But protections aren’t evenly spread, Treves said, in large part thanks to a lack of a national recovery plan from federal officials.
For example, wolves in the western two-thirds of Washington enjoy federal protections, but those in Eastern Washington do not. Other states still allow the wolves to be hunted, and politicians push back and forth on whether to keep the species listed as endangered.
While gray wolves serve as a political football, Treves noted that there is one piece of good news: If humans stop killing them, their numbers will rebound.
Grizzly bear (Ursus arctos horribilis)
Hardly picky with their habitat, grizzly bears used to roam all across western North America, as far south as Mexico, up through Canada and across the Great Plains. Now, in the contiguous 48 states, you can only find them if you know where to look.
The grizzly bear was one of the first species identified by the federal government as being threatened with extinction.
Six years before President Richard Nixon signed the Endangered Species Act into law, the U.S. Fish and Wildlife Service included the grizzly on its list of species on the brink. The grizzly bear would later be classified as “threatened” in the contiguous 48 states.
The agency designated six “recovery zones,” which were thought to still contain bears in them, said Joe Scott, a grizzly specialist at Conservation Northwest. Those six zones consisted of areas around Yellowstone National Park, Glacier National Park, the North Cascades and three other regions around Wyoming, Montana, Idaho, northeast Washington and southeast British Columbia.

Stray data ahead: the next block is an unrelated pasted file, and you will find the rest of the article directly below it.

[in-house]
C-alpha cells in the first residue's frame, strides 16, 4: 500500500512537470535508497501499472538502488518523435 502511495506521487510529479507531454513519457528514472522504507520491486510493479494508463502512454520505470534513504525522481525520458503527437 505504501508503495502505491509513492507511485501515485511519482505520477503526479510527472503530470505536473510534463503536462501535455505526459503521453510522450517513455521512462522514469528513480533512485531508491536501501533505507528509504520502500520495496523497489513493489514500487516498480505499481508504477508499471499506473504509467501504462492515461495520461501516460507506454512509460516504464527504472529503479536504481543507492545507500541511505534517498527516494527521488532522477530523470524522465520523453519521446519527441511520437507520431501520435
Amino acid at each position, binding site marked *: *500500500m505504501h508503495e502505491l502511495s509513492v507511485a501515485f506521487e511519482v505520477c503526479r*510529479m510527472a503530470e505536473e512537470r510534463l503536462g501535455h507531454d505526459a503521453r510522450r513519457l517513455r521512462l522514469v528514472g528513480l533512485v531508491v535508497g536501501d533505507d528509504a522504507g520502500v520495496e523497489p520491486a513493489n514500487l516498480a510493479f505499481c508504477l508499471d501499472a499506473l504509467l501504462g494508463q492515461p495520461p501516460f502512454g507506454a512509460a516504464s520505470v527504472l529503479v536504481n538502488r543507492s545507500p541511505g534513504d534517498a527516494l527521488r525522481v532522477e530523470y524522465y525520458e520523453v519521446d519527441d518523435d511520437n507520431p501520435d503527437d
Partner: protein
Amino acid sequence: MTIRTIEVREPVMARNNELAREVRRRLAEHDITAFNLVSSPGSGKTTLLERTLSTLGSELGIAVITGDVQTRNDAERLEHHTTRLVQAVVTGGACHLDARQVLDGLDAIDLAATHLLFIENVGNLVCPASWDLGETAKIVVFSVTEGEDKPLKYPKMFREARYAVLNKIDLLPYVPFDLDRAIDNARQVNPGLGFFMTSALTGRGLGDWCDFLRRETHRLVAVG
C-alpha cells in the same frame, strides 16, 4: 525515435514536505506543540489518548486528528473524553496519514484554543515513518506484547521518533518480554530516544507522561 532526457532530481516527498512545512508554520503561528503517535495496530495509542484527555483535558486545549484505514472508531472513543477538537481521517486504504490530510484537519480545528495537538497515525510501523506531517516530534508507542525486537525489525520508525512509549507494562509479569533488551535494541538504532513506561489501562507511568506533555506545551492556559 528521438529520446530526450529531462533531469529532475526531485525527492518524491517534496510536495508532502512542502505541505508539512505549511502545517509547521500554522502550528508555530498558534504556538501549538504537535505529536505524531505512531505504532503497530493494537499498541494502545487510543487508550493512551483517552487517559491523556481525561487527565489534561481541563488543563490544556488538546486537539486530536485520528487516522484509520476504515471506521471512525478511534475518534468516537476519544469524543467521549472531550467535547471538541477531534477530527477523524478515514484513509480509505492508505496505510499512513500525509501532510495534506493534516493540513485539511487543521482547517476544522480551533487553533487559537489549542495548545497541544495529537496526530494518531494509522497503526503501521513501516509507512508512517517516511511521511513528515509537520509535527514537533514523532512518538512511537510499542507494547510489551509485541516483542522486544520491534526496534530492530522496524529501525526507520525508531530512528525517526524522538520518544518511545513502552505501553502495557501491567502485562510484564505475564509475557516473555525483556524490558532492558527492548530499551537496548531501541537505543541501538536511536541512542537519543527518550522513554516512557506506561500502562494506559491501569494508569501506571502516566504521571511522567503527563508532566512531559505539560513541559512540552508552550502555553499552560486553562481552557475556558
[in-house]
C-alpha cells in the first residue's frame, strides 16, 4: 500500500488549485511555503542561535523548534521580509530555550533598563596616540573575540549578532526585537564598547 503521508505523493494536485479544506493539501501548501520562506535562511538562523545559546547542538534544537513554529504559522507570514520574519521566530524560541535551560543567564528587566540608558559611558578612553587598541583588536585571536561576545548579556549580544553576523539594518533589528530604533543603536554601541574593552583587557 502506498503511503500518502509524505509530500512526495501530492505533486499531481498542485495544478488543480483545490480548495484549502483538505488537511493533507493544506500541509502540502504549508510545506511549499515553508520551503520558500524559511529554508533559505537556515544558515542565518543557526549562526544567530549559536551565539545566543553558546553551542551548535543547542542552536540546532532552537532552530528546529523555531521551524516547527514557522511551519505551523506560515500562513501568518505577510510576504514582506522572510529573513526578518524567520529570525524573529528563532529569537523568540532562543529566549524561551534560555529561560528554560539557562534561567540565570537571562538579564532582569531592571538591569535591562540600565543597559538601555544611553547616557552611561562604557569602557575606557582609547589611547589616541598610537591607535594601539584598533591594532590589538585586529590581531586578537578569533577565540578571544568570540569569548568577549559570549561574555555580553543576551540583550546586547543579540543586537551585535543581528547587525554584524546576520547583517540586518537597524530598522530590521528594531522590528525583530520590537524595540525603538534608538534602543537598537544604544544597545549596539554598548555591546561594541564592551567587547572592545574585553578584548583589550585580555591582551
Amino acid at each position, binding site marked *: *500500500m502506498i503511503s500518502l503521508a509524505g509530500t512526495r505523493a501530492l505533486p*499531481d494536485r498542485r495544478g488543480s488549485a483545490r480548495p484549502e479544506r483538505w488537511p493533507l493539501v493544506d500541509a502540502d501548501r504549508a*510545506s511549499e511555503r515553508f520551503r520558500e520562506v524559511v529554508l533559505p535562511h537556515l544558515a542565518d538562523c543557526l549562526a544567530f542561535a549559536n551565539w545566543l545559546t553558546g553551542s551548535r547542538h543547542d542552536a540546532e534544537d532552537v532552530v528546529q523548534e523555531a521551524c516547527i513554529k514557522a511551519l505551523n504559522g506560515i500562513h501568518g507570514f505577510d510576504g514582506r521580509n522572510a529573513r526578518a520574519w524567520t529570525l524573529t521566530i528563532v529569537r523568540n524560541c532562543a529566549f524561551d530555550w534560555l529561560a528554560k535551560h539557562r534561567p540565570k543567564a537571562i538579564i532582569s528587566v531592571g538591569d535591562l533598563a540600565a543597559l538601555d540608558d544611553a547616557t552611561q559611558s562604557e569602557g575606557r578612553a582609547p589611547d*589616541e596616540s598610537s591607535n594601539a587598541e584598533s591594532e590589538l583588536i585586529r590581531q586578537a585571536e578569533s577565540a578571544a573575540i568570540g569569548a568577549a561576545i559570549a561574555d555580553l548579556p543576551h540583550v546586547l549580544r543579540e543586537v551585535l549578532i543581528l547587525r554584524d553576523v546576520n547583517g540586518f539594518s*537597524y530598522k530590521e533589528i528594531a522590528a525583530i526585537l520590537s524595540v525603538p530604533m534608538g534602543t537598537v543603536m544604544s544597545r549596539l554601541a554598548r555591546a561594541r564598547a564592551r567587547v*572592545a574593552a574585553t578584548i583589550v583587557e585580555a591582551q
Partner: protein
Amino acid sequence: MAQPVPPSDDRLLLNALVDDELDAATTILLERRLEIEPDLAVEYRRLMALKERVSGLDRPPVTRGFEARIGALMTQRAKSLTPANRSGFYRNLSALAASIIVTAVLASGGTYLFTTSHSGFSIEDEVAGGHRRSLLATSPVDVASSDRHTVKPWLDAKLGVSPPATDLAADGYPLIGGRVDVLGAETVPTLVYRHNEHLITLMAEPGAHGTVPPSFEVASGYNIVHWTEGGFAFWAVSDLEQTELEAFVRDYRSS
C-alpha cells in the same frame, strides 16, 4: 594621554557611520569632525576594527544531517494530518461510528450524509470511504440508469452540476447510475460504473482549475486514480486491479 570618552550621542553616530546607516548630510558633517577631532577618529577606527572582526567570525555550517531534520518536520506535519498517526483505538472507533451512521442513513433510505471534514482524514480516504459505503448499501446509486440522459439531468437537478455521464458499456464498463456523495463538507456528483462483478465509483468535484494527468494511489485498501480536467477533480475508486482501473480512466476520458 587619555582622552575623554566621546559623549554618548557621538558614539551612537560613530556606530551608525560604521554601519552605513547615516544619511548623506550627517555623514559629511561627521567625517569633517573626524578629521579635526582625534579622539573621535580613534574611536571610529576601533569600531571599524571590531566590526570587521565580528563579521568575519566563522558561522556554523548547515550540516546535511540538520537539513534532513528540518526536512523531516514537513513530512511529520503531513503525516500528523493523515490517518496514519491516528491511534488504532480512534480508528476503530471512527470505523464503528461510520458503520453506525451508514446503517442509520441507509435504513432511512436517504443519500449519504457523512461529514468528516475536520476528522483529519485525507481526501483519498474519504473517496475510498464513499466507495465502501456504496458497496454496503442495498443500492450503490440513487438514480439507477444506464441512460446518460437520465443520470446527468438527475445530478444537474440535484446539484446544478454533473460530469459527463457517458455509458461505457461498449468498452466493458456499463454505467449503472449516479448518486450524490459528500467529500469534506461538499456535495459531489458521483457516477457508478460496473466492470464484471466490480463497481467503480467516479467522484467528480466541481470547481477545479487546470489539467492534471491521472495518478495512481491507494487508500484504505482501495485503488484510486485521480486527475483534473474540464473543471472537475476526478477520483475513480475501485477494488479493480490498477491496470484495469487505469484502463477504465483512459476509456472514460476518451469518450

Reducing interactions between bears and humans has helped grizzlies recover so much in some ecosystems that states around Yellowstone National Park and Glacier National Park have petitioned to delist the bear in those zones. However, the bears are considered functionally extinct in both the North Cascades and the Bitterroot region between Montana and Idaho, making the two regions an unfulfilled promise of the ESA. The last grizzly sighting in the North Cascades was in 1996.
That could change soon. After a decade of fits and starts, in September, the U.S. Forest Service released a draft plan that outlined three options to restore a population starting with 25 bears in the North Cascades with a decision anticipated next year. The USFS is also intending to release a similar plan in 2026 on reintroducing bears into the Bitterroot system. Some tribes, such as the Upper Skagit, have advocated for the introduction of the bears, while other tribes have joined ranchers and other large landowners, who are concerned for their livestock.
The grizzly bears’ absence in the Cascades is an example of how, while the Endangered Species Act facilitates the process that can eventually reintroduce bears into an area, the law doesn’t dictate the speed at which those efforts happen or whether plans get scrapped or delayed, Scott said.